5. Paper: Contradicted and initially stronger effects in highly cited research Main idea: This paper looks at studies that attempted to answer the same scientific question where the second study had a larger sample size or more robust (e.g. randomized trial) study design. Some effects reported in the second study do not match the results exactly from the first. Important drawback: The title does not match the results. 16% of studies were contradicted (meaning effect in a different direction). 16% reported smaller effect size, 44% were replicated and 24% were unchallenged. So 44% + 24% + 16% = 86% were not contradicted. Lack of replication is also not proof of error.
  6. PaperModeling the effects of subjective and objective decision making in scientific peer reviewMain idea: This paper considers a theoretical model for how referees of scientific papers may behave socially. They use simulations to point out how an effect called "herding" (basically peer-mimicking) may lead to biases in the review process. Important drawback: The model makes major simplifying assumptions about human behavior and supports these conclusions entirely with simulation. No data is presented.
  7. Paper: Repeatability of published microarray gene expression analysesMain idea: This paper attempts to collect the data used in published papers and to repeat one randomly selected analysis from the paper. For many of the papers the data was either not available or available in a format that made it difficult/impossible to repeat the analysis performed in the original paper. The types of software used were also not clear. Important drawbackThis paper was written about 18 data sets in 2005-2006. This is both early in the era of reproducibility and not comprehensive in any way. This says nothing about the rate of false discoveries in the medical literature but does speak to the reproducibility of genomics experiments 10 years ago.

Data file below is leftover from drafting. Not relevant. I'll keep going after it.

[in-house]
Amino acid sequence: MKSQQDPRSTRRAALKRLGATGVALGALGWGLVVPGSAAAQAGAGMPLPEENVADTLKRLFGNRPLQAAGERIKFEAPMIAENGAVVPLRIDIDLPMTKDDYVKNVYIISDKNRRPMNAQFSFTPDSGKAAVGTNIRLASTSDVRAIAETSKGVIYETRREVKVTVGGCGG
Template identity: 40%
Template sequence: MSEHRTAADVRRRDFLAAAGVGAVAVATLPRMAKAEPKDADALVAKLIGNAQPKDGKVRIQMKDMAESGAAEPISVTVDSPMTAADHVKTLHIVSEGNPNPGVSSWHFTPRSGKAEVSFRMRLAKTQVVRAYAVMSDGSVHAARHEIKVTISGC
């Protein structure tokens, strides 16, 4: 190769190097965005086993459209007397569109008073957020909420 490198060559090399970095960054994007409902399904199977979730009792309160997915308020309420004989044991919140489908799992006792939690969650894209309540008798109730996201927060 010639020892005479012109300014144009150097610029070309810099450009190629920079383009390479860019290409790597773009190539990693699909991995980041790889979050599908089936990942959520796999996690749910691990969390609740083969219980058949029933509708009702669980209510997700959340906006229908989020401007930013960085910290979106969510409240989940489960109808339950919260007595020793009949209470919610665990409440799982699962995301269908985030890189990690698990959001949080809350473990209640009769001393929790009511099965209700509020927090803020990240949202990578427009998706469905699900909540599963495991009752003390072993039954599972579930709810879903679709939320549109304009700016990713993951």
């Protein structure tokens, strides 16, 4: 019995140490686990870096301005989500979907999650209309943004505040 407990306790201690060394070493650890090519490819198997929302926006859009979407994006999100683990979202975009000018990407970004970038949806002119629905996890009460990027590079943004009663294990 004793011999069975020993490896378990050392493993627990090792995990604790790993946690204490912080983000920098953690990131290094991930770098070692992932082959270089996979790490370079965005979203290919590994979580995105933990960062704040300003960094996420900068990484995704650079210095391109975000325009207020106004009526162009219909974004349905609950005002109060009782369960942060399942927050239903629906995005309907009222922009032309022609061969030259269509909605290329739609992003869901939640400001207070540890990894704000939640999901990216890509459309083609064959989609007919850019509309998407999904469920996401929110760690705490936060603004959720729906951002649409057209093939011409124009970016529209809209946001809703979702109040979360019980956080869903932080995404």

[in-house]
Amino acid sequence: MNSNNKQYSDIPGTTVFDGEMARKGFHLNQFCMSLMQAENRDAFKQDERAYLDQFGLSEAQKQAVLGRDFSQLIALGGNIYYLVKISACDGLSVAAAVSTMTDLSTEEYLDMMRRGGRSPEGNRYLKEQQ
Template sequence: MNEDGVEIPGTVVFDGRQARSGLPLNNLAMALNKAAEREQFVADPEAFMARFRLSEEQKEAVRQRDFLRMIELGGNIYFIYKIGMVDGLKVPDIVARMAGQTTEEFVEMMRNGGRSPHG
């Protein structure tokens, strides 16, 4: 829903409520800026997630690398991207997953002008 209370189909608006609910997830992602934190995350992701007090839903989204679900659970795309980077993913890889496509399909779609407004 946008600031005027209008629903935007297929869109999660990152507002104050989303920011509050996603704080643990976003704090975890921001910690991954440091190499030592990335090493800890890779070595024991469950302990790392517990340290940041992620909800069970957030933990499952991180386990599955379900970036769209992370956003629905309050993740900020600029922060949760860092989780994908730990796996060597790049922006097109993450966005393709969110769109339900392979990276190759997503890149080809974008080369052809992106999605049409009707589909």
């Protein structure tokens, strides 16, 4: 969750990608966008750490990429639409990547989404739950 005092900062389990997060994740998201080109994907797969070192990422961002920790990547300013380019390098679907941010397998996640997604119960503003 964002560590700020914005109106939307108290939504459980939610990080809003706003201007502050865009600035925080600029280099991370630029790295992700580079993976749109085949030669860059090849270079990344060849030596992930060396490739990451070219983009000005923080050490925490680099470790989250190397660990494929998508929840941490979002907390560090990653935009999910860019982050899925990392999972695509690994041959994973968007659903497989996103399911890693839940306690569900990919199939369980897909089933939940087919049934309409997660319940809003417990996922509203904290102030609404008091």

8. Paper: Investigating variation in replicability: The "Many Labs" replication project. (not yet published) Main ideaThe idea is to take a bunch of published high-profile results and try to get multiple labs to replicate the results. They successfully replicated 10 out of 13 results and the distribution of results you see is about what you'd expect (see embedded figure below). Important drawback: The paper isn't published yet and it only covers 13 experiments. That being said, this is by far the strongest, most comprehensive, and most reproducible analysis of replication among all the papers surveyed here.

I do think that the reviewed papers are important contributions because they draw attention to real concerns about the modern scientific process. Namely

  • We need more statistical literacy
  • We need more computational literacy
  • We need to require code be published
  • We need mechanisms of peer review that deal with code
  • We need a culture that doesn't use reproducibility as a weapon
  • We need increased transparency in review and evaluation of papers

Some of these have simple fixes (more statistics courses, publishing code) some are much, much harder (changing publication/review culture).